Hiring well, particularly in a small business, is hard for many reasons. It’s hard because a small company (like ours) rarely has rigidly defined roles. It’s hard because the role you think you need today will morph into unpredictable shapes over time. It’s hard because so much of it boils down to unquantifiable things like cultural fit and how a new hire gets along with other personalities on your team.
Even companies that have gone through the hiring process thousands of times struggle to guarantee a good hire. Take Google as an example—a company well-known for using brainteaser questions as a metric for hiring engineers. Laszlo Bock, senior vice president of people operations at Google, admits:
“We found that brainteasers are a complete waste of time. They don’t predict anything. They serve primarily to make the interviewer feel smart.”
The truth is, most of the positions we have at our company can’t be completely described in just a few paragraphs. There are nuances to each of them. Roles alter and then blend into each other as our company grows.
So how do you find the right person for those somewhat-vague engineering, design, business, or project management positions that most of us small tech companies are looking for?
When I take a look back at our own hiring record, a few things stand out. Our most successful hires can articulate, teach, and write well. They also can manage their own time well. All of this is to say that those we hire are typically great at communicating and don’t need to be micro-managed. None of this should sound surprising.
But, hiring well isn’t just about the person. An even greater indicator for success is how clearly we’ve defined the boundaries around the often nebulous roles we need to fill. Rather than defining each and every specific task-at-hand, it’s often more helpful to think of a position as a scope of responsibilities—where they begin and where they end. When you do this, it’s much easier to find people who are comfortable filling in the blanks within those constraints.
Looking back at the hires we’ve made at We Are Mammoth, we’ve been most successful when the boundaries of the positions are the most well-defined. We’ve hired great front-end and back-end developers, in part, because we know where the boundaries lie in that work. Development has been the core of our business since day one. We know we want pragmatic programmers who communicate directly and honestly with clients. We know we don’t need our developers to make business decisions or juggle financial budgets. This leaves a still-large, but clear-cut boundary around a developer’s responsibilities.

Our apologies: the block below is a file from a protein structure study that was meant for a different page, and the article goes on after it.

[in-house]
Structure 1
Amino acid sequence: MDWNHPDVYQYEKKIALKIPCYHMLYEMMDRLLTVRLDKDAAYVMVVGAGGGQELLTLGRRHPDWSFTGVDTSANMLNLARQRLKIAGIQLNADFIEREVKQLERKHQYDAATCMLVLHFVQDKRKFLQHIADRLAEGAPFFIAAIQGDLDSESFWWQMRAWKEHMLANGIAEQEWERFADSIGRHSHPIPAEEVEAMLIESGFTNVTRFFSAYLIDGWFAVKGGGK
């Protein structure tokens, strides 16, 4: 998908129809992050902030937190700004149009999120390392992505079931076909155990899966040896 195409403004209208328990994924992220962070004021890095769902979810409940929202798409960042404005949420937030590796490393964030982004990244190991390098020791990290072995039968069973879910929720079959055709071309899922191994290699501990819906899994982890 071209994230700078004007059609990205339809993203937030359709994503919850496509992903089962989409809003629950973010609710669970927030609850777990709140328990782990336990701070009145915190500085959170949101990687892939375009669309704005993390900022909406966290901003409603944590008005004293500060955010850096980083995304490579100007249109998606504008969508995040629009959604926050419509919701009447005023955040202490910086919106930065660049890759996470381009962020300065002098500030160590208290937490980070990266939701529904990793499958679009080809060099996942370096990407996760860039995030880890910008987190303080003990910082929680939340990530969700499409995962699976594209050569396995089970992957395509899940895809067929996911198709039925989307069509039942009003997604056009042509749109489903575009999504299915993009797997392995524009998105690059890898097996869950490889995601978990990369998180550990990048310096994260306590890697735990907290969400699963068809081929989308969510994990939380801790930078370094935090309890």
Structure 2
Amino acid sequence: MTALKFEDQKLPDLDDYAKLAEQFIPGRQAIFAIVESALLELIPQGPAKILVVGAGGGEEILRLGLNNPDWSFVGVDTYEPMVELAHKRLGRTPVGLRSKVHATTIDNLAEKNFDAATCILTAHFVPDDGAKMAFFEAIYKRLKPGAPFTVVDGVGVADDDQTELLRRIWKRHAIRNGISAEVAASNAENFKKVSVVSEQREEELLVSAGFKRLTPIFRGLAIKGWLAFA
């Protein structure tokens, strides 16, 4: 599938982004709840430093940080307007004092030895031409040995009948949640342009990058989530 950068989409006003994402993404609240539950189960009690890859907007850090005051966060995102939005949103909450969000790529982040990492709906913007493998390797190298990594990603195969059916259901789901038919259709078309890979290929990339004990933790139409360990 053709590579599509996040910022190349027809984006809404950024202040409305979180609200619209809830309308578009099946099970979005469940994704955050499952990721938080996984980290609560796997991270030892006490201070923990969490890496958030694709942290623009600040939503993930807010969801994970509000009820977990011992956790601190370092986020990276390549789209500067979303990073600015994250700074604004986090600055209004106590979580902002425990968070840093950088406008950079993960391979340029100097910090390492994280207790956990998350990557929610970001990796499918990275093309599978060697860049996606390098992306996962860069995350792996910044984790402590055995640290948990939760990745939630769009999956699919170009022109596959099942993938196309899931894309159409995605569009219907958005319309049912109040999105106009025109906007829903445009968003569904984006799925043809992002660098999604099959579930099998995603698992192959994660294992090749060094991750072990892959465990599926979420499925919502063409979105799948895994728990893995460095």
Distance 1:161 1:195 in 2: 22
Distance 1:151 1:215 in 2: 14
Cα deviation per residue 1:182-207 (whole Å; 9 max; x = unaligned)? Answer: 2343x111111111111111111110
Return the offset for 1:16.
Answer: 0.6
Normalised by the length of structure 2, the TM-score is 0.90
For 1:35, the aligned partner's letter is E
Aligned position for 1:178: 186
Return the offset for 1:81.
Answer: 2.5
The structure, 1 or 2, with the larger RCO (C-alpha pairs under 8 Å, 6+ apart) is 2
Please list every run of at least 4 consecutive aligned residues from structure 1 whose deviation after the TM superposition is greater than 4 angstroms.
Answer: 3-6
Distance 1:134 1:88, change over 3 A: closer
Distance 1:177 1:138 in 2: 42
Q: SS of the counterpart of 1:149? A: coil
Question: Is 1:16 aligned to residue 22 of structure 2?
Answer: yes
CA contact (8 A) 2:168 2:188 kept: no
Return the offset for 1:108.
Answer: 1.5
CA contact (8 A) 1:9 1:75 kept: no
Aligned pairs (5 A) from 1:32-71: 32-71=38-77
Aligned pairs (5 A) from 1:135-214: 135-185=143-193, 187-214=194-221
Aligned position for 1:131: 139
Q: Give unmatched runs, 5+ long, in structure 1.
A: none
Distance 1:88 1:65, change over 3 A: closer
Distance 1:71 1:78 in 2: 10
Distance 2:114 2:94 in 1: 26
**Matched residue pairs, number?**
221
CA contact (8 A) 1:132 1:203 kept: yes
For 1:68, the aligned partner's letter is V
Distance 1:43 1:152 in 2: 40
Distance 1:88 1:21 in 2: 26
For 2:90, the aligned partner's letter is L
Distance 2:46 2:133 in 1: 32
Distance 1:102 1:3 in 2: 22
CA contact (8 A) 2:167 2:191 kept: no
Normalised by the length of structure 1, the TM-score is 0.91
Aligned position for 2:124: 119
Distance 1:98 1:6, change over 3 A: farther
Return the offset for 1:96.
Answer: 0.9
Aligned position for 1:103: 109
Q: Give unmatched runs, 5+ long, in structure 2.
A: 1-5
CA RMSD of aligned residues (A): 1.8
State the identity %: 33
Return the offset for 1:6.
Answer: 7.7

Mark Nichols, the editorial director at Flow, argues that the vast majority of people need that structure around their work:
First off, everyone needs structure. Just acknowledge that. It’s a basic requirement of any good, comfortable work; very few of us are such consummate artists that we can draw genius from the most bare of requirements. Structure is what lets us focus on our work, rather than navigating the best way to accomplish even the easiest tasks. The path from beginning to end needs to be well-tread and obvious. Your team should not battle a non-existent system.
While boundaries seem stifling, in fact, they empower people to self-manage because they know what they should own and what they should lean on others to provide. Without boundaries, employees either stretch too far and can’t focus on their most important priorities, or they work at too narrow of a scope and neglect the larger problems at-hand. In a sense, they have to define their own perceived boundaries since no one else will.
Naturally, that’s where confusion, tension, and misunderstandings arise. Nichols adds, “Being part of a workplace with too few boundaries [inhibits] workers; the power to change everything for everyone [is] totally undesirable.”
Not surprisingly, the hires we’ve had the most difficulty with tend to be in positions new to the business. Our first design director, systems engineer, and project manager didn’t work out because they weren’t fit for a job for which, frankly, we hadn’t fully figured out the boundaries yet. Our hiring misstep was in the assumption that we could easily assimilate a talented person to a still evolving position.
For us, there will always be a new role still in its infancy that needs a torch bearer to assume immediately. But, these roles don’t just manifest arbitrarily; they all grow out of some deficiency that makes itself more obvious over time. At the very least, we can establish some initial guesses as to where these boundaries—in the craft of the job itself, in mentoring others, in making business decisions—should lie.
If you’ve found the right hire—the one who can self-manage and communicate—and the boundaries of the role, the constraints truly will set you free.